Select board won’t hear of noise restrictions

Contract signed with owner’s project manager for Howes House. 

Marc Rosenbaum proposed a noise restriction idea for West Tisbury during a Zoom meeting.

The West Tisbury select board took a laissez faire stance on a noise restriction idea presented to them during a meeting on Wednesday, August 10.

Marc Rosenbaum, West Tisbury resident and founder of Energysmiths, advocated for a “construction noise ban” similar to Edgartown’s zoning bylaws or Newton’s zoning ordinances

“If the board is in favor of this, the next step would be at whatever town meeting we have next to create a bylaw to present to the voters,” West Tisbury town administrator Jennifer Rand said. “It would be a general bylaw, not a zoning bylaw.” 

Rosenbaum began introducing himself as having “over 40 years of experience in the design and construction industry.” He is a licensed engineer, and has a Massachusetts unrestricted construction supervisory license. 

“I’ve been responsible for more construction noise than anyone at this meeting times a hundred,” Rosenbaum said. “What I have noticed — I live on Great Plains Road, about a mile down across from Greenlands, [a] fairly dense neighborhood for West Tisbury — is just the increase in summer and holiday work by contractors and landscapers.”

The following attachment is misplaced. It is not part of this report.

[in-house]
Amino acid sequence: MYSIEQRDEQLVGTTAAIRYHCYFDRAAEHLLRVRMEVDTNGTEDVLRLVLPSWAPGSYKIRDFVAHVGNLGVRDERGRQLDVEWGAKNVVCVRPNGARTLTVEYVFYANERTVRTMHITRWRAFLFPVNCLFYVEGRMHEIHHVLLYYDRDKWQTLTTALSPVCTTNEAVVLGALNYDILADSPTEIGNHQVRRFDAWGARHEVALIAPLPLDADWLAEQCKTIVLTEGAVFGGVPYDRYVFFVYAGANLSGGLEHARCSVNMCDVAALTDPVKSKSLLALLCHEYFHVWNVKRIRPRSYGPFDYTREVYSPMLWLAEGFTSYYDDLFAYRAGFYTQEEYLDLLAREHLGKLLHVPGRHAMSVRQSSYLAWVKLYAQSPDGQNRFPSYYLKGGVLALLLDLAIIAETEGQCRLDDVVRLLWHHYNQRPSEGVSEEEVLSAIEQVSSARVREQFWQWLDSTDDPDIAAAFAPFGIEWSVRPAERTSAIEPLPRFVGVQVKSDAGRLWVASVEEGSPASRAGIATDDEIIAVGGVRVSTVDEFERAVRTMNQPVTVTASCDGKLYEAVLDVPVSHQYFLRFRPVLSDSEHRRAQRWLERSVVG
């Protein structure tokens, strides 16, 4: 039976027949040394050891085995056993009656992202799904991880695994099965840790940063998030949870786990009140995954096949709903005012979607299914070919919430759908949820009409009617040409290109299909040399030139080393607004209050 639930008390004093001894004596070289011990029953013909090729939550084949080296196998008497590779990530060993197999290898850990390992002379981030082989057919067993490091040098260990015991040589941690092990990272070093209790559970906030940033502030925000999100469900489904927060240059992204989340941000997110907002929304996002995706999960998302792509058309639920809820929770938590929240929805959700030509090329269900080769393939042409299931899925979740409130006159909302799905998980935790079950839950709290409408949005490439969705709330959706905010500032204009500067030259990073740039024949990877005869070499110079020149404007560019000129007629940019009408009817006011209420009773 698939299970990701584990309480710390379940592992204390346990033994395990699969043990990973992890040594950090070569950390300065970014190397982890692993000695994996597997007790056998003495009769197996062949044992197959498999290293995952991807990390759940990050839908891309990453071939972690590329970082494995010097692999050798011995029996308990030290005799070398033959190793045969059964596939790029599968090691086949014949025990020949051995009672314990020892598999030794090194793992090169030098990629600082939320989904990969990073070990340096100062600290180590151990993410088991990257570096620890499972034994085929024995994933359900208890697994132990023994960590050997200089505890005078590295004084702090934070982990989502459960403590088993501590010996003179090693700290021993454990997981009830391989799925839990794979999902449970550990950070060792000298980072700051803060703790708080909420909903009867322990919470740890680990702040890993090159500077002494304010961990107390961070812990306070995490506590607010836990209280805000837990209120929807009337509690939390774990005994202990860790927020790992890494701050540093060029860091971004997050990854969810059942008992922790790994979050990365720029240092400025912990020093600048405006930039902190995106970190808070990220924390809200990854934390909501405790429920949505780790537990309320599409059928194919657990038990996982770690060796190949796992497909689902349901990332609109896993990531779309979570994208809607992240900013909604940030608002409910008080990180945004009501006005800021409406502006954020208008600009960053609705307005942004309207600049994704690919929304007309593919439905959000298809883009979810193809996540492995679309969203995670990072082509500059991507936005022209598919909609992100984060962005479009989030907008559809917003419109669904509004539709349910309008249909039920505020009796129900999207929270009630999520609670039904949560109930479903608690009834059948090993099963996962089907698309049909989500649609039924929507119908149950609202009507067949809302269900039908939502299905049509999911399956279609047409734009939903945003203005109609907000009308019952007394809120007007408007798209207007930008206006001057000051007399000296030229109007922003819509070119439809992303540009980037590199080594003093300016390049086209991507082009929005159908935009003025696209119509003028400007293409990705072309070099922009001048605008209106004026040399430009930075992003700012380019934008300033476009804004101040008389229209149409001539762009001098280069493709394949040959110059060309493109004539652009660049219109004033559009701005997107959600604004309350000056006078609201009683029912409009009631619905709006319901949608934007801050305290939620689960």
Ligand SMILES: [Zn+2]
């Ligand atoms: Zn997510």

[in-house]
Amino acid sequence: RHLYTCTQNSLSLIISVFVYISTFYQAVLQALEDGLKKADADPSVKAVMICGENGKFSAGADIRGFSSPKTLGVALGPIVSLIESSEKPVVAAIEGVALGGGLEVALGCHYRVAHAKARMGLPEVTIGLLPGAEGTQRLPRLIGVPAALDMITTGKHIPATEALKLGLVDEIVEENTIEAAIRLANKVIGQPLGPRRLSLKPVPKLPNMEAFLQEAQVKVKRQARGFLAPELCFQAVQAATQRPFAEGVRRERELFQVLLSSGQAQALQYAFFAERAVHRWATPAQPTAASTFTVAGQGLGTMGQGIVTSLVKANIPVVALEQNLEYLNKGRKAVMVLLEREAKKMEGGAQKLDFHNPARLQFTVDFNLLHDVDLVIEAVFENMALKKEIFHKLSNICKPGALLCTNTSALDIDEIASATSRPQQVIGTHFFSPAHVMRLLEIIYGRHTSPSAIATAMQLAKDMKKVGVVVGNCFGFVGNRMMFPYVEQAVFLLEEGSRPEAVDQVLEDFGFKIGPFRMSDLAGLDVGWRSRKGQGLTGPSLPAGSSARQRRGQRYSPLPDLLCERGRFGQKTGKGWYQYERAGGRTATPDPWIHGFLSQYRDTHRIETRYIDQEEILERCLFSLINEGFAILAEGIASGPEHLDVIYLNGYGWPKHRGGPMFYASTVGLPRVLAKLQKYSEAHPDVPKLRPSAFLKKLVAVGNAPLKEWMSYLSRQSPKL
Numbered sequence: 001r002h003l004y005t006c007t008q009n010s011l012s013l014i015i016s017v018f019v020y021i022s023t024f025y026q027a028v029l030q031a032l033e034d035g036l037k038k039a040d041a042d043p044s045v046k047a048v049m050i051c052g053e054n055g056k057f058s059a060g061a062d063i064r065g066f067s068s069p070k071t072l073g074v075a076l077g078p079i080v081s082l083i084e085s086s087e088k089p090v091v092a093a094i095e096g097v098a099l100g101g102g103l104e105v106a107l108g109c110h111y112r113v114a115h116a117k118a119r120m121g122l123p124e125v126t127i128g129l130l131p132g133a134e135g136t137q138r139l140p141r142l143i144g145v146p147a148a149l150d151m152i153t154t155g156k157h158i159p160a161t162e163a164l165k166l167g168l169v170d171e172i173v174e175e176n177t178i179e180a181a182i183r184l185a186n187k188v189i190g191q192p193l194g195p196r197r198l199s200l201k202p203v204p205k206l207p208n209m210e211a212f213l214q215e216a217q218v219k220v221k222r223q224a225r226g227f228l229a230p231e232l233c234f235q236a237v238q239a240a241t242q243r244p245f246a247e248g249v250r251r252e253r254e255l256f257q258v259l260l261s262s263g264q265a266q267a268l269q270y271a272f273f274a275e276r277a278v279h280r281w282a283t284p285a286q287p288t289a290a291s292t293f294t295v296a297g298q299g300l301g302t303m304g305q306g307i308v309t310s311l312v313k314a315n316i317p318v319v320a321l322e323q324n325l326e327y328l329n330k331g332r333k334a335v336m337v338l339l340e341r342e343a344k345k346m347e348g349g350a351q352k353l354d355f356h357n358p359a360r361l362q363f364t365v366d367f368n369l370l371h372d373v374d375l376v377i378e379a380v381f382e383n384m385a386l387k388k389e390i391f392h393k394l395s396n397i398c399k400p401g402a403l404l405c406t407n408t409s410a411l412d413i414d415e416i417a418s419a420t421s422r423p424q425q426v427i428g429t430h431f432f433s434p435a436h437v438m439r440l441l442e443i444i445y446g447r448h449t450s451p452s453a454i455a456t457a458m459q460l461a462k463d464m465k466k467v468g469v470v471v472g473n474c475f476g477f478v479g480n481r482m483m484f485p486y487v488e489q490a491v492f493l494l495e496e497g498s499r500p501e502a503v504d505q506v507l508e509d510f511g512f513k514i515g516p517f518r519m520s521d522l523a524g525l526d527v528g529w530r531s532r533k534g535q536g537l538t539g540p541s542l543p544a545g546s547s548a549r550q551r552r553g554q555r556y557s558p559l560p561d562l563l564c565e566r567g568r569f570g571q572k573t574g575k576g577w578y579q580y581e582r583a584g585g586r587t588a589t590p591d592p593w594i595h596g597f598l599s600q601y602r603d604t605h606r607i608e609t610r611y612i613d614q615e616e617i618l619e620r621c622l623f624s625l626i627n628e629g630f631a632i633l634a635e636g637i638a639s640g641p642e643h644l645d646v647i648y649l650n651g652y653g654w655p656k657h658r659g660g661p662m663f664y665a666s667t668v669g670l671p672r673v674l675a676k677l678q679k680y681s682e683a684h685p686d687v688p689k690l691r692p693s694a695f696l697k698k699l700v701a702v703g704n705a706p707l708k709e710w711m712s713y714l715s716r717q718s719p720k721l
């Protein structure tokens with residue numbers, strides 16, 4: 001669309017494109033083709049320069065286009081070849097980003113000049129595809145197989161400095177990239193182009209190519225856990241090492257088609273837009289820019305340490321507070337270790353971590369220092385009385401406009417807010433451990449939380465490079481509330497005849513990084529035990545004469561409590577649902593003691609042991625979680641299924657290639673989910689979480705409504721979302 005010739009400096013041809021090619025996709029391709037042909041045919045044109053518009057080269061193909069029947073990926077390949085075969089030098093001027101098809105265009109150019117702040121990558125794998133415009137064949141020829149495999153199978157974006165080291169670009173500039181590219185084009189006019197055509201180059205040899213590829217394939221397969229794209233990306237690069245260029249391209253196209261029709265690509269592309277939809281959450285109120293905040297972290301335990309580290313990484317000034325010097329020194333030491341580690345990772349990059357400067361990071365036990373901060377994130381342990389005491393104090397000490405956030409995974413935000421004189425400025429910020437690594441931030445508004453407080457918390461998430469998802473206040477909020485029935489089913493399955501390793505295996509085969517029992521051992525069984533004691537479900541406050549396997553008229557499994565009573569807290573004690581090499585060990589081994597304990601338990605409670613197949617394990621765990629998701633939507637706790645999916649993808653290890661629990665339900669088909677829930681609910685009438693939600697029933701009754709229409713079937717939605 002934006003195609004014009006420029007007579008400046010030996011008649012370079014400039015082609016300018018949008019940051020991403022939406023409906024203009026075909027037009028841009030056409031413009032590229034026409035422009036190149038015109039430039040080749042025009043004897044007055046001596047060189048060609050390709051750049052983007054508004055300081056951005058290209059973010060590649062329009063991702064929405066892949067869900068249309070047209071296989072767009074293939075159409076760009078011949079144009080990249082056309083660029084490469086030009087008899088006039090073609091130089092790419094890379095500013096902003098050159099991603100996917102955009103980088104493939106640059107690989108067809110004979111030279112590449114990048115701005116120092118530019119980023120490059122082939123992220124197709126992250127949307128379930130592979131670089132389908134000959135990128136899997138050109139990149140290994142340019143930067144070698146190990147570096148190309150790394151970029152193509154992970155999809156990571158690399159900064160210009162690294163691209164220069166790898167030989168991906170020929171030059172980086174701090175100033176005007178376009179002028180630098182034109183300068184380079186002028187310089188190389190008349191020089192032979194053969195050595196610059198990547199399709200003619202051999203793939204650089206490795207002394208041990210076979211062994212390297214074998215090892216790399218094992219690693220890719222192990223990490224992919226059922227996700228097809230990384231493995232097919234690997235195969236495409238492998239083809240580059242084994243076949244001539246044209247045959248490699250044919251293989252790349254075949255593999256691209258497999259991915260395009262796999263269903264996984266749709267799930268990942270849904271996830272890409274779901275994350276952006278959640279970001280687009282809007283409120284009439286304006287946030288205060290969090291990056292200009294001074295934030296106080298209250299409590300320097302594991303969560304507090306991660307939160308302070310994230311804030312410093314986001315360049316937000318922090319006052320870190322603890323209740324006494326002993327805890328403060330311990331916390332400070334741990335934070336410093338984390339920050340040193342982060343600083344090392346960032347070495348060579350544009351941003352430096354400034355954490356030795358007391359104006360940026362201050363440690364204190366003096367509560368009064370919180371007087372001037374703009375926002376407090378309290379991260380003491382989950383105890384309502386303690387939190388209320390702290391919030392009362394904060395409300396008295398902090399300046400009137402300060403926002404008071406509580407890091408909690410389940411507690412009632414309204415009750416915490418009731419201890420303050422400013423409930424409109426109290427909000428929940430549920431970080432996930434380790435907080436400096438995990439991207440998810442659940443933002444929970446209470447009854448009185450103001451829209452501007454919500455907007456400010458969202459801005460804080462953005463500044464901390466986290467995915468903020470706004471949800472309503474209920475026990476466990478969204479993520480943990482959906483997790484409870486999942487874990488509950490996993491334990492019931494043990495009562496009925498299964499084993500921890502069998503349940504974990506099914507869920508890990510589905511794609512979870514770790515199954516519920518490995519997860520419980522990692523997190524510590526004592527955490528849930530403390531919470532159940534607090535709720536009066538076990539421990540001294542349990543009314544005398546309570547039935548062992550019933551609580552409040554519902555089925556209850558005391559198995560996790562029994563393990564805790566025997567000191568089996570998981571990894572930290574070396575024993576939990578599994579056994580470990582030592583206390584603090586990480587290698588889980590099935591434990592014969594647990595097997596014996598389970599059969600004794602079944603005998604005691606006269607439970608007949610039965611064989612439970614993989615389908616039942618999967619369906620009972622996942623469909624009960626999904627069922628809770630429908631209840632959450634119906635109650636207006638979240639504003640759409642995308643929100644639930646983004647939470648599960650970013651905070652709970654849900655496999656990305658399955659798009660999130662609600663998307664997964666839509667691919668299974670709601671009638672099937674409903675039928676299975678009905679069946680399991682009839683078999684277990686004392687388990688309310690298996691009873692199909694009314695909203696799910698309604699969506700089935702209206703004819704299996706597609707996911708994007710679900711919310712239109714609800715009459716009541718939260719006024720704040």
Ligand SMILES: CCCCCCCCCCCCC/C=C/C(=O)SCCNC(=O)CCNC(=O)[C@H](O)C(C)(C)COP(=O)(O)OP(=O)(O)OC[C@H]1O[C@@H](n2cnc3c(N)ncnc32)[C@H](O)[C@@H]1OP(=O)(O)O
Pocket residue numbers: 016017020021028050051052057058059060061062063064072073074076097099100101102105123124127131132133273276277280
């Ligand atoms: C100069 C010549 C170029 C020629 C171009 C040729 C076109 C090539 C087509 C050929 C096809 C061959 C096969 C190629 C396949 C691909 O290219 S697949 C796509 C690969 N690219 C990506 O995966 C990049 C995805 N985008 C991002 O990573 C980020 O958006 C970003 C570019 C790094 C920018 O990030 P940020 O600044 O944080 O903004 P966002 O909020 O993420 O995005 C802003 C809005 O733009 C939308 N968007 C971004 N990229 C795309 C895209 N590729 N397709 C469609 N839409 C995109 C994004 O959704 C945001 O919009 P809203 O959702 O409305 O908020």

As an “avid cyclist” who also paddles on the Great Ponds, Rosenbaum noticed the noise increase all over the Island. “I’ve only been here 12 years, but the increase in work on Sundays and holidays seems pretty noticeable to me,” he said. 

Rosenbaum presented this noise restriction idea to the West Tisbury planning board in July, and he said there was a general agreement that there was an increase in “unrestricted noise” during the meeting. He continued that much of this noisy work is being done when the property owners are not around, so year-round residents take “the brunt of it.” Rosenbaum told the select board there are landscaping trucks in his neighborhood on Sundays at houses where he knows the owners are not present.

“It feels to me like there has been a line that’s been crossed in terms of when people are considering their neighbors,” Rosenbaum said. “We gutted our house and renovated it in 2013. We ran around the neighborhood and talked to everybody ahead of time. We told them what we were doing, and we said, ‘Call us if we’re bothering you.’ I think that’s also gone by the by. It just doesn’t happen anymore here.” 

Hearing a backup beeper “in an abutting property all day on the Sunday of Memorial Day weekend” was the catalyst for Rosenbaum’s noise restriction quest. Rosenbaum said he used an app on his iPad to catch how loud the beeping was from the deck of his house, which he said was several hundred feet away from the property line, and it showed the sound at 60 decibels. Rosenbaum said the zoning ordinance restricts personal wireless service facilities’ sounds to 50 decibels at the property line.

Rosenbaum said if he were to propose a bylaw, it would consist of “no exterior construction and landscaping on Sundays and holidays, with a homeowner exemption,” “no offroad equipment running with the backup beepers,” and “set a limit at property lines on sound levels so that we have something enforceable and not subjective.”